The Operative Treatment of Displaced Intra-articular Calcaneal Fractures (DIACFs): Long Term (10-20 years) Results in 108 Fractures using a Prognostic CT Classification

Roy Sanders, Zachary Vaupel, Murat Erdogan, Katheryne Downes
Journal of Orthopaedic Trauma 2014 June 30

OBJECTIVE: The primary purpose of this study was to determine whether the Sanders CT scan classification was still prognostic for outcome, when long term (10-20 years) radiographic and functional data of patients after ORIF for Sanders Type II versus Sanders Type III DIACFs were compared. The secondary purpose was to assess whether a bone graft or a locked plate was needed to maintain a reduction over time.DESIGN: prognostic case control study SETTING:: Level I trauma hospital PATIENTS:: Patients with operatively treated Sanders type II/III DIACF managed between 1/1/90 - 12/31/00 by a single surgeon were identified from a prospectively gathered database. Skeletally mature patients with a closed, isolated DIACF and a minimum of ten-year follow up were included in this analysis. All fractures were classified according to Essex-Lopresti and Sanders. 208/638 fractures met inclusion criteria.

INTERVENTION: Surgery consisted of a lateral extensile approach, posterior facet (PF) reduction, lag screw fixation, followed by reduction of the anterior process and tuberosity with the application of a non-locked lateral plate. Neither bone graft nor locking plates were used.

MAIN OUTCOME MEASURES: Articular congruity and overall reduction were assessed by CT scan and plain radiography (Böhler's and Gissane's angle) immediately postoperatively, and at the final follow-up examination in all patients. Functional assessment and outcome scores were obtained (AOFAS-AHS, Maryland, SF-36, AOS, and VAS), and all complications and/or subsequent surgeries were noted. A subtalar arthrodesis (STA) was considered a treatment failure, and was used as the determining outcome variable for comparing the two groups (II vs.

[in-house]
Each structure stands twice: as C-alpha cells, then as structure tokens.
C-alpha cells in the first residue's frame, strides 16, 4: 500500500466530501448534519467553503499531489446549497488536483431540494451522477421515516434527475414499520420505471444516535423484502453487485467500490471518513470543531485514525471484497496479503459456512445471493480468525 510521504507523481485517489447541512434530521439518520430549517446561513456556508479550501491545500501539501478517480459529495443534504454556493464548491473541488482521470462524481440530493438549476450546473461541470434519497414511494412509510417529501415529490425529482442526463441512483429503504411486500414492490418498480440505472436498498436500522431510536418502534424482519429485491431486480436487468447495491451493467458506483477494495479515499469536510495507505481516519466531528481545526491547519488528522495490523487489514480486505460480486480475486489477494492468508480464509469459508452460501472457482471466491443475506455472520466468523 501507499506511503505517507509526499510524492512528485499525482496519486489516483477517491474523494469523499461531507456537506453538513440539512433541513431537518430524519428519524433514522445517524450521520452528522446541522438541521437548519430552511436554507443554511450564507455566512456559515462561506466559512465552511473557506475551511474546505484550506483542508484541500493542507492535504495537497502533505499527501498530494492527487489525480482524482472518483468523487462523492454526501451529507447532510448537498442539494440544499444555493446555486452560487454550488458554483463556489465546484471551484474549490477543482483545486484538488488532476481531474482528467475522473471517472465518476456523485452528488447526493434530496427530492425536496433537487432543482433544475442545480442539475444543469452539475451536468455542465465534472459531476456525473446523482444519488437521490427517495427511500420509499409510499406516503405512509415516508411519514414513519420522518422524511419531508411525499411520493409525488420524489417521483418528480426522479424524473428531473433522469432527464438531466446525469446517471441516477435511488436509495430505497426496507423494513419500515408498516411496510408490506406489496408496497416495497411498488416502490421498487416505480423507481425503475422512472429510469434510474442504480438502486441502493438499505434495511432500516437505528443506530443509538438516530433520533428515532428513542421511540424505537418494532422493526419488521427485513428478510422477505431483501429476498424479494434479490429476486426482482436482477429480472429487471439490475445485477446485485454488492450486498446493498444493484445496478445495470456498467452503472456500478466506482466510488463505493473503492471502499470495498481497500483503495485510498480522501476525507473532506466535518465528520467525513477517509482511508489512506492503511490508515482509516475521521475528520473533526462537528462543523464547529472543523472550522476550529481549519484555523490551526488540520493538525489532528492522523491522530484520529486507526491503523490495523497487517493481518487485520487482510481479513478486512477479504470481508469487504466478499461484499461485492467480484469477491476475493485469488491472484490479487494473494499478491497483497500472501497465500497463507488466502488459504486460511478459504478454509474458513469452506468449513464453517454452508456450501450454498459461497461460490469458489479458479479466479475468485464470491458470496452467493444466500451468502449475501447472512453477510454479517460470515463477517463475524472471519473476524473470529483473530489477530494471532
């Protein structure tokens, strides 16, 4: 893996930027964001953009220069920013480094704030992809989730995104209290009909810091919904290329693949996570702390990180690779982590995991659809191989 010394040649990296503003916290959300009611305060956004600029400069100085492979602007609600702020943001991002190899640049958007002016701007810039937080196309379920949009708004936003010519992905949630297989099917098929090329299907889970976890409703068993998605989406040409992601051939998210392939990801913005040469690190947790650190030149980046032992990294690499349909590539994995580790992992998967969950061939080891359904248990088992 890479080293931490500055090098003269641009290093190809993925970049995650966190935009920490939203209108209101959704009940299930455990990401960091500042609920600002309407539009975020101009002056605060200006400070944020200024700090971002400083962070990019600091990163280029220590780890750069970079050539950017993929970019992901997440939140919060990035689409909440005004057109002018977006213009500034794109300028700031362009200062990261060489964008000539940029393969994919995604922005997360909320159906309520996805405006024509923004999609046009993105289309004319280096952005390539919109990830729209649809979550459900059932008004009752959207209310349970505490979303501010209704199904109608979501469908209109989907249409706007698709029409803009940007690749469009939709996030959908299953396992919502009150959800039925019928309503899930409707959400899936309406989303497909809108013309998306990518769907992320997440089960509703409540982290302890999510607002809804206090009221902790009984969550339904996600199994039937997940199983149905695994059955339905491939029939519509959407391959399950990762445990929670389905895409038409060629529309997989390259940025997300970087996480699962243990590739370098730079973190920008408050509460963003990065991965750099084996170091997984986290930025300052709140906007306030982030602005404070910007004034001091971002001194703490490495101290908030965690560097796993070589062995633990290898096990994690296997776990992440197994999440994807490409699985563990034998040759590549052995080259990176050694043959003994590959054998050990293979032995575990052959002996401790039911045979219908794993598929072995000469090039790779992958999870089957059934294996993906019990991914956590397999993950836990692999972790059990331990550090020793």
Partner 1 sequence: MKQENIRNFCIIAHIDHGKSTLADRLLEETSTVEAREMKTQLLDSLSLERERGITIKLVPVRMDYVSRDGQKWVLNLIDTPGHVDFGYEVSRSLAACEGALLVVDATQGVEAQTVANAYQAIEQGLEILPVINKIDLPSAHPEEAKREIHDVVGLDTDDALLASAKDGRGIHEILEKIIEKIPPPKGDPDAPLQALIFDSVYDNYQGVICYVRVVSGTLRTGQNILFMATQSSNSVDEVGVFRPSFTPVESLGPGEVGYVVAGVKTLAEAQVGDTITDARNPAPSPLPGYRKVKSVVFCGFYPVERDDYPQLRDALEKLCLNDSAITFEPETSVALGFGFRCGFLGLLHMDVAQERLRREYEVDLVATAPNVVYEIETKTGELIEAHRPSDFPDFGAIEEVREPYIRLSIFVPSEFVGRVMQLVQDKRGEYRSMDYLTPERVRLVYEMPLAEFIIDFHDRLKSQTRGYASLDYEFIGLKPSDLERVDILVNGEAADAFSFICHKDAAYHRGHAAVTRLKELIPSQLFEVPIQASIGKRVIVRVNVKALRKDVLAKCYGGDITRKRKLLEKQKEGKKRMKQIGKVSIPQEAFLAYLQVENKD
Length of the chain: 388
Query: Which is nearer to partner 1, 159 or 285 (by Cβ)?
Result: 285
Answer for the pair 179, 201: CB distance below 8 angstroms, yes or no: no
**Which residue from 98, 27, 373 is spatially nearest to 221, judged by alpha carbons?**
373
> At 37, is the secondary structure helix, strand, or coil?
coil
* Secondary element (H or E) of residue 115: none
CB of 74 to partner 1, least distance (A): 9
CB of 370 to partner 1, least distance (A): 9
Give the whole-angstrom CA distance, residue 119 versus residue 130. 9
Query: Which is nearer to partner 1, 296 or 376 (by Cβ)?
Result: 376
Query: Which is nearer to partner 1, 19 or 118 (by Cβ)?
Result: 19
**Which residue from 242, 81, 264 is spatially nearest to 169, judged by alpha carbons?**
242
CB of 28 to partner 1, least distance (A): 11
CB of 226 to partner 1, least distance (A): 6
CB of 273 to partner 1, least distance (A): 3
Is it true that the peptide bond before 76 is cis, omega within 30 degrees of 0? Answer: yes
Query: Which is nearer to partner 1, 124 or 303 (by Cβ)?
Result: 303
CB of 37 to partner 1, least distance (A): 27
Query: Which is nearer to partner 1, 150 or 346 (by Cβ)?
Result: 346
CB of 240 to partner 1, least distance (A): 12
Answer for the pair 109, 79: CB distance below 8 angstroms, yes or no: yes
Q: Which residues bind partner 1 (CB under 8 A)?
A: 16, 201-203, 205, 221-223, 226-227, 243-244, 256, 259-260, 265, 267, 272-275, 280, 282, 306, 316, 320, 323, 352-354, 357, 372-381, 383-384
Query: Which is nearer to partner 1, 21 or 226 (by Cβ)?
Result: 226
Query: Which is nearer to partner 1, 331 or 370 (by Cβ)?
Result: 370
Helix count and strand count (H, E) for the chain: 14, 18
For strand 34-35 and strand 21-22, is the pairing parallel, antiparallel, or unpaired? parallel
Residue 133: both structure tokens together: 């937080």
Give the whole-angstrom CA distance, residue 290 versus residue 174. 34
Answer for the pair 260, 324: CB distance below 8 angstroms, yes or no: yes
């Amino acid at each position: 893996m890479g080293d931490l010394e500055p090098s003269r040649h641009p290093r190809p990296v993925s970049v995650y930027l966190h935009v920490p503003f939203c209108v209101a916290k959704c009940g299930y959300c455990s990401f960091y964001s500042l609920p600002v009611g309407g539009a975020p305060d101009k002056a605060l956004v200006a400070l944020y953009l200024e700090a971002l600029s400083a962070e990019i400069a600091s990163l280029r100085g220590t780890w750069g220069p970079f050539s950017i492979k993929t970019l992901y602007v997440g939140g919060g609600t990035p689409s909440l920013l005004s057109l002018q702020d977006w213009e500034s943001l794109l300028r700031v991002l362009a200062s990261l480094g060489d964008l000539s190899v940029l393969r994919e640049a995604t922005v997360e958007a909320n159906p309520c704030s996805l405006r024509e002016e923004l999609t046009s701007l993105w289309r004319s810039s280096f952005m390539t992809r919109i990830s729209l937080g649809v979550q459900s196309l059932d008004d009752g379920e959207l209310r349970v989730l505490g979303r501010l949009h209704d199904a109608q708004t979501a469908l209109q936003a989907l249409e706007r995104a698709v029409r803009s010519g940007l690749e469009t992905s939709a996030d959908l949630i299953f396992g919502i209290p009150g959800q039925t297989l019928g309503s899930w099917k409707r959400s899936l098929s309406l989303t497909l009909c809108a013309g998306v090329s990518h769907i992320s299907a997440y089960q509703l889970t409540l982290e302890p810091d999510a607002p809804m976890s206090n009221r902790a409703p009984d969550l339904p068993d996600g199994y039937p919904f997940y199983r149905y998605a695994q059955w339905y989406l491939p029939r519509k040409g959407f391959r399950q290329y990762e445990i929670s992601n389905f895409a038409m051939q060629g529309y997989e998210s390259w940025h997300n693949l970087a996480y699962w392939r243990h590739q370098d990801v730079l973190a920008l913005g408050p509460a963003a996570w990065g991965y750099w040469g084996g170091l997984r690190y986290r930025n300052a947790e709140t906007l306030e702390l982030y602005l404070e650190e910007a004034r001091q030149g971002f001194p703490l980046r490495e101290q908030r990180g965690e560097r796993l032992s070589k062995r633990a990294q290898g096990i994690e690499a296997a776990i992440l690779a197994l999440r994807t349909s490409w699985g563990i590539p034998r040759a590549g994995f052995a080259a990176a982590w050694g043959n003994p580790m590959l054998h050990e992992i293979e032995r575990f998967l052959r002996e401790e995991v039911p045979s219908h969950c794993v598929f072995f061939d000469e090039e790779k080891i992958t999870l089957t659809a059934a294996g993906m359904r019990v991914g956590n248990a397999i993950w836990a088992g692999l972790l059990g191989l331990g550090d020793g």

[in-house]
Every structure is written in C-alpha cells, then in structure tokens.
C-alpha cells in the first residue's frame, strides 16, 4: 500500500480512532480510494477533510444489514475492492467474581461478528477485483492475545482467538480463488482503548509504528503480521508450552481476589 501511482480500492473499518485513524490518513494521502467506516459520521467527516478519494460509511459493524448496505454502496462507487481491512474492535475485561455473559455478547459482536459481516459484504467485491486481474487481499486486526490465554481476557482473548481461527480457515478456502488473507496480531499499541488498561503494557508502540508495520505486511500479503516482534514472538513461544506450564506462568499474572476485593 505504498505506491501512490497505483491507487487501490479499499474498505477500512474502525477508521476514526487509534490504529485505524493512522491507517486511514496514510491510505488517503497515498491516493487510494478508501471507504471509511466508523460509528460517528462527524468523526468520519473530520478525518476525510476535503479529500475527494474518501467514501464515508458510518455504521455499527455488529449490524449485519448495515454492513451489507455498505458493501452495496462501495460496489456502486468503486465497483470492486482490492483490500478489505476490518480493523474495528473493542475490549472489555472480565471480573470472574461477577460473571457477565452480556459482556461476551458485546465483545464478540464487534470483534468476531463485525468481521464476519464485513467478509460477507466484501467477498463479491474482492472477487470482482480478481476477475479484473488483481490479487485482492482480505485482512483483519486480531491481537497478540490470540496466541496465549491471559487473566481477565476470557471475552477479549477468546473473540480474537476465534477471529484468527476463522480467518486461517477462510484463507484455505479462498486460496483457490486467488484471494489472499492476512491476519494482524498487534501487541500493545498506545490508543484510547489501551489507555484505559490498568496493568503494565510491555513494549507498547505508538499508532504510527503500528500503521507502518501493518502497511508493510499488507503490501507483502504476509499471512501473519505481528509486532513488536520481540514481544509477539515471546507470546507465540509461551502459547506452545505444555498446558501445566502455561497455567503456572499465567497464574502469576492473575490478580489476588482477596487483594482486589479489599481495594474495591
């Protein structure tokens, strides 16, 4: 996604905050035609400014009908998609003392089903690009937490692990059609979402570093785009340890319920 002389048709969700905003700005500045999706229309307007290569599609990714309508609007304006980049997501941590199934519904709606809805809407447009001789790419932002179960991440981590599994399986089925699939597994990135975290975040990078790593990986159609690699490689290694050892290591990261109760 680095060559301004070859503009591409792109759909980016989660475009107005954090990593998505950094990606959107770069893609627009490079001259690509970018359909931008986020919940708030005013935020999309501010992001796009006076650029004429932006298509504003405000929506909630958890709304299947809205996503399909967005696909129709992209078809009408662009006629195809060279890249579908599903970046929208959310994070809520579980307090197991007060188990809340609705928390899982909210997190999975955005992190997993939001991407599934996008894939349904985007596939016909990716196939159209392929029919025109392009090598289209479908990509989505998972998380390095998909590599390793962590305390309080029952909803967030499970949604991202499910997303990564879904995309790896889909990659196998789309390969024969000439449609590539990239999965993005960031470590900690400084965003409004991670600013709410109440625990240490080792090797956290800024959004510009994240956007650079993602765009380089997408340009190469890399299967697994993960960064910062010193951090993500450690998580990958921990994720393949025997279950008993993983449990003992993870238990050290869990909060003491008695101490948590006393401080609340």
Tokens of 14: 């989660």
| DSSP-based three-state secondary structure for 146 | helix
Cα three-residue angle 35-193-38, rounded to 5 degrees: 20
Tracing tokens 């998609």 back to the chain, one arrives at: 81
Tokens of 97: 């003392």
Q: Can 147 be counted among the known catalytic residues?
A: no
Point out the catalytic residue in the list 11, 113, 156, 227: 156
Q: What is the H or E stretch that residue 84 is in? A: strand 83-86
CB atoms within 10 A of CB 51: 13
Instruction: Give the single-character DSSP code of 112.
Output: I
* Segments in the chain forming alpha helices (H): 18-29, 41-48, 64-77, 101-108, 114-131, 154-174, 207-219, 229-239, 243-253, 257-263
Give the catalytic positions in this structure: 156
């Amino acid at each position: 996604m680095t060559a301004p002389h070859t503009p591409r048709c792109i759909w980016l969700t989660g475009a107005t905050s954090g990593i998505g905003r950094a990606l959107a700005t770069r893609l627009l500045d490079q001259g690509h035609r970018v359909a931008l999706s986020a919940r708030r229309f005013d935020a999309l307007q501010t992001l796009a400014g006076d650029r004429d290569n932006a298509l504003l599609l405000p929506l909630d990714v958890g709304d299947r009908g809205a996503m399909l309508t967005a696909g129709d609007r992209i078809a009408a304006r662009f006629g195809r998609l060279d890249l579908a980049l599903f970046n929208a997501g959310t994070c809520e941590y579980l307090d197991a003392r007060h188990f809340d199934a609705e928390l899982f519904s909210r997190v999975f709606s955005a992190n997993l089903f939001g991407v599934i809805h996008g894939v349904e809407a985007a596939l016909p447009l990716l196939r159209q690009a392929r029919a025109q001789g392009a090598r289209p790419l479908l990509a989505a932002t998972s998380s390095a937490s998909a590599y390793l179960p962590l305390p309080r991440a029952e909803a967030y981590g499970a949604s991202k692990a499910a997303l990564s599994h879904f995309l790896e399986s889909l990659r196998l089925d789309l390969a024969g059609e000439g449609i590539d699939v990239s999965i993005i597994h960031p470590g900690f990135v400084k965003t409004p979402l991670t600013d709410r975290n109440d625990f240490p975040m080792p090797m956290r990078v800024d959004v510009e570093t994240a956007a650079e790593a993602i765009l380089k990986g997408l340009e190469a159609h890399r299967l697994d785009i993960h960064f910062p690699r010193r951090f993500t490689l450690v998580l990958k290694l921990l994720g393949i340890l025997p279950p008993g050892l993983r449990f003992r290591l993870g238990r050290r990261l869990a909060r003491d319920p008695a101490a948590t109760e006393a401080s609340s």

III). RESULTS: 108 fractures in 93 patients were available for F/U at a minimum of ten years (52%). Average F/U was 15.22 years (10.5-21.2 years). 80 were joint depression (J) and 28 were tongue type (T) fractures. There were 70 Sanders Type II and 38 Sanders Type III fractures. On immediate post-op CT scan, PF reduction was anatomic in 103 fractures (95%), near anatomic in 3 fractures (1-<3 mms), and approximate in 2 fractures (3-5 mm step). There were no failed reductions (>5 mm step). Long term results indicated that only 3 fractures settled, but no plates failed. There was 1 missed peroneal tendon dislocation. 7 patients had sural neuritis. 12 fractures (11%) required local wound care for apical necrosis. One patient had a dehiscence resulting in osteomyelitis requiring a subtalar (ST) fusion. 31 fractures (29 pts) developed ST arthritis, requiring an arthrodesis (30 ST, 1 triple) for unrelenting pain (VAS 8-10) during the F/U period resulting in an overall long term failure rate of 29%. Further breakdown by fracture type revealed that a ST fusion was performed in 47% of Type III fractures (18/38) versus only 19% in Type II (13/70) fractures (p=0.002). Type III fractures were four times more likely to need a fusion, compared to Type II's (RR=3.94; 95% CI: 1.64- 9.48).The remaining 66 patients (77 fractures) that did not require a fusion were evaluated for long-term functional outcome. Of these, only 1 patient used a cane, and only 1 (same patient) had a limp. 77% of the non-fused group (51/66) were within the U.S. norm for the SF-36 PCS, with 46% (30/66) above the norm. The average AOFAS-AHS was 75. The average VAS was 1.75, with scores of 0-1 (very little or no pain) seen in 56% of this subset of patients (37/66).

CONCLUSION: Based on the results of this comparative analysis, the Sanders classification remains prognostic; after a minimum of ten years, Type III fractures were four times more likely to need a fusion than Type II fractures. Secondarily, it appears that neither a locked plate, nor bone graft are required to maintain a reduction over time, as virtually no loss of reduction was seen in this series (3/108 = 0.9%). The "joint first" surgical treatment did not adversely affect CCJ outcome. Based on these results, if severe post-traumatic subtalar arthritis does not occur, long term (10-20 years) functional results with mild pain, minimal alterations in ADLs work, and essentially normal shoe wear can be expected from a properly performed ORIF. Patients must be counseled regarding difficulty with uneven ground and an inability to return to vigorous sports activities.

LEVEL OF EVIDENCE: Prognostic Level II. See Instructions for Authors for a complete description of levels of evidence.

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